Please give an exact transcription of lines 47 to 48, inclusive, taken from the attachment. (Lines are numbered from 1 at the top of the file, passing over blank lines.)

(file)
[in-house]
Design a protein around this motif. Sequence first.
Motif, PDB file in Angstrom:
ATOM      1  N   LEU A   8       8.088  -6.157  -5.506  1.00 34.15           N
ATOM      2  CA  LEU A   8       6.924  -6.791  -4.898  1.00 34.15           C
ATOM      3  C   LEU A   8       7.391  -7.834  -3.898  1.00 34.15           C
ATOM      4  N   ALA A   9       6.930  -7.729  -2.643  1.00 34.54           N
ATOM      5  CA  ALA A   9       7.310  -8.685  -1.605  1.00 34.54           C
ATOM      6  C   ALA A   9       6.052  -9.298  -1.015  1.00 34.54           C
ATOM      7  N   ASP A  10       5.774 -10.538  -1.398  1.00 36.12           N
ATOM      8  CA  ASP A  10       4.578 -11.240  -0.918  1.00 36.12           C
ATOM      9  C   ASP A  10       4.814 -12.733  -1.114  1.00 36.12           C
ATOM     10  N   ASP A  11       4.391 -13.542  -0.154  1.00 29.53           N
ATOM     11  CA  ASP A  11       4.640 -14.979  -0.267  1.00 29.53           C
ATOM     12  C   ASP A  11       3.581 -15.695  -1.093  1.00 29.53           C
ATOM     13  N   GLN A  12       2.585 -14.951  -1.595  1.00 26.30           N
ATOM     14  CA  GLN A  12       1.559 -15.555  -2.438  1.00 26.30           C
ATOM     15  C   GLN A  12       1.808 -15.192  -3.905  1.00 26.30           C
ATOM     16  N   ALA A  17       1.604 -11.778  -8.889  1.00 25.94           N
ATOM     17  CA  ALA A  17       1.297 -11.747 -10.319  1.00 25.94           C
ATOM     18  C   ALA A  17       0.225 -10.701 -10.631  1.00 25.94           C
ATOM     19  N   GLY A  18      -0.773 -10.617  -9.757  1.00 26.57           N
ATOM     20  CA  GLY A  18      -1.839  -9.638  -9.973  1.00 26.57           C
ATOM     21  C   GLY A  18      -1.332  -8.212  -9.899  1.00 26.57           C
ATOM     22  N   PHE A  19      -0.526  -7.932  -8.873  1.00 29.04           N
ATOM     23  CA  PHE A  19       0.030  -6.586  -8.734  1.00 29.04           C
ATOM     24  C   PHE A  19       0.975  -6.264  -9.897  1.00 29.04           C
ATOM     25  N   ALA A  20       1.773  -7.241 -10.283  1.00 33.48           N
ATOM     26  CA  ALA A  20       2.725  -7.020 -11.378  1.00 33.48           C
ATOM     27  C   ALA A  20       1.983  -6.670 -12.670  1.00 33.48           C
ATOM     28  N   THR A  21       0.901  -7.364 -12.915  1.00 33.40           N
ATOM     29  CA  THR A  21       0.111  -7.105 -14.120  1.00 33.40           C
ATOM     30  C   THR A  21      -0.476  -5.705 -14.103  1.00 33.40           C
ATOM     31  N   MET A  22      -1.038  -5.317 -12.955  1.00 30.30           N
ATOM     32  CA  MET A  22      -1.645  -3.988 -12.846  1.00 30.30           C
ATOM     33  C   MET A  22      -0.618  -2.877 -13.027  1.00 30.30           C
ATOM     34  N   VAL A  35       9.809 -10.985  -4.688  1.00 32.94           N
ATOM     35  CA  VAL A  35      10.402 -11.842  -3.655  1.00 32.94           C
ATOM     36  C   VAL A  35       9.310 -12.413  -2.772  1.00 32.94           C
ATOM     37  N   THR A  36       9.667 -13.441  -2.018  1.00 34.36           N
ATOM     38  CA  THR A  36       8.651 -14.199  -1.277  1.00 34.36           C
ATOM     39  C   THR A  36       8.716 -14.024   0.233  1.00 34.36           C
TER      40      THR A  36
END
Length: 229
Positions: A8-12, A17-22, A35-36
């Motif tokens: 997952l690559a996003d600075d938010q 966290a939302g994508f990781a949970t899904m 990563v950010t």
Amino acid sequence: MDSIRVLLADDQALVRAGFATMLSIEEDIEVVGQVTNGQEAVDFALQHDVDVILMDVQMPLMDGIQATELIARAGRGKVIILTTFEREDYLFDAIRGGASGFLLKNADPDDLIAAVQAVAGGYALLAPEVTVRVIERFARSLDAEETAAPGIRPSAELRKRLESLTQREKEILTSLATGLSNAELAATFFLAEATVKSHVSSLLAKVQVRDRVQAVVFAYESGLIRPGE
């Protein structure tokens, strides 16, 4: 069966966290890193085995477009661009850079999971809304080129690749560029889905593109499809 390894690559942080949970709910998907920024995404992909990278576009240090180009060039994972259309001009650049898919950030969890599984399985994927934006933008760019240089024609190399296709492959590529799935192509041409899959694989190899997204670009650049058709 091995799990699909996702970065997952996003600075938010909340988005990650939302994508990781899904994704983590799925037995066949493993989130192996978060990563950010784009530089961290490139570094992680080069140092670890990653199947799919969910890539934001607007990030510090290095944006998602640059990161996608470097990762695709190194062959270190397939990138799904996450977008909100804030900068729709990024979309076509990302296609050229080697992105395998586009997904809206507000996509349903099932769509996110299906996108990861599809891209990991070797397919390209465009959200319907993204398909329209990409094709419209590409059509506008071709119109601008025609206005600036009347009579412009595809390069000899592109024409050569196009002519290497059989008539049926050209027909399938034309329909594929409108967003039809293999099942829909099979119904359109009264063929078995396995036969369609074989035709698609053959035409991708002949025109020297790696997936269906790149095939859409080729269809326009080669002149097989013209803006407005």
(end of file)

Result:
């Motif tokens: 997952l690559a996003d600075d938010q 966290a939302g994508f990781a949970t899904m 990563v950010t």
Amino acid sequence: MDSIRVLLADDQALVRAGFATMLSIEEDIEVVGQVTNGQEAVDFALQHDVDVILMDVQMPLMDGIQATELIARAGRGKVIILTTFEREDYLFDAIRGGASGFLLKNADPDDLIAAVQAVAGGYALLAPEVTVRVIERFARSLDAEETAAPGIRPSAELRKRLESLTQREKEILTSLATGLSNAELAATFFLAEATVKSHVSSLLAKVQVRDRVQAVVFAYESGLIRPGE